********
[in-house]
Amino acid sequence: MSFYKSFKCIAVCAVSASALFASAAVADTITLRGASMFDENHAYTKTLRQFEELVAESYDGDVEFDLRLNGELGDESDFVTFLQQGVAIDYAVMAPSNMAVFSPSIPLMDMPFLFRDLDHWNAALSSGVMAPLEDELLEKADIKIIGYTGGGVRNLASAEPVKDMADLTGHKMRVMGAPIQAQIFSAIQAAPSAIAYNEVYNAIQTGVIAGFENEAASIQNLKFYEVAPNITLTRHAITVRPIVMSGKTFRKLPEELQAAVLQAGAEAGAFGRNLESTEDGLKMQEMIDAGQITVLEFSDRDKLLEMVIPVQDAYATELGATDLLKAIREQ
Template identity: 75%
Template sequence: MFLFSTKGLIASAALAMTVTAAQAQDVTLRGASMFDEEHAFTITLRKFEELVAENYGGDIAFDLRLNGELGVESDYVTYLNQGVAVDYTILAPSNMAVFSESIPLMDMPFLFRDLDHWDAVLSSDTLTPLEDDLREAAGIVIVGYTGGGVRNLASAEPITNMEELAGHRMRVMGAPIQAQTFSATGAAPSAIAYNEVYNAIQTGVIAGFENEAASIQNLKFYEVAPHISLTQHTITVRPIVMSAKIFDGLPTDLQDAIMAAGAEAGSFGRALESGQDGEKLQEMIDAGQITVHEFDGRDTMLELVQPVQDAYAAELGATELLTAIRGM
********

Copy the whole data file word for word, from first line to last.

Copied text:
[in-house]
Amino acid sequence: MSFYKSFKCIAVCAVSASALFASAAVADTITLRGASMFDENHAYTKTLRQFEELVAESYDGDVEFDLRLNGELGDESDFVTFLQQGVAIDYAVMAPSNMAVFSPSIPLMDMPFLFRDLDHWNAALSSGVMAPLEDELLEKADIKIIGYTGGGVRNLASAEPVKDMADLTGHKMRVMGAPIQAQIFSAIQAAPSAIAYNEVYNAIQTGVIAGFENEAASIQNLKFYEVAPNITLTRHAITVRPIVMSGKTFRKLPEELQAAVLQAGAEAGAFGRNLESTEDGLKMQEMIDAGQITVLEFSDRDKLLEMVIPVQDAYATELGATDLLKAIREQ
Template identity: 75%
Template sequence: MFLFSTKGLIASAALAMTVTAAQAQDVTLRGASMFDEEHAFTITLRKFEELVAENYGGDIAFDLRLNGELGVESDYVTYLNQGVAVDYTILAPSNMAVFSESIPLMDMPFLFRDLDHWDAVLSSDTLTPLEDDLREAAGIVIVGYTGGGVRNLASAEPITNMEELAGHRMRVMGAPIQAQTFSATGAAPSAIAYNEVYNAIQTGVIAGFENEAASIQNLKFYEVAPHISLTQHTITVRPIVMSAKIFDGLPTDLQDAIMAAGAEAGSFGRALESGQDGEKLQEMIDAGQITVHEFDGRDTMLELVQPVQDAYAAELGATELLTAIRGM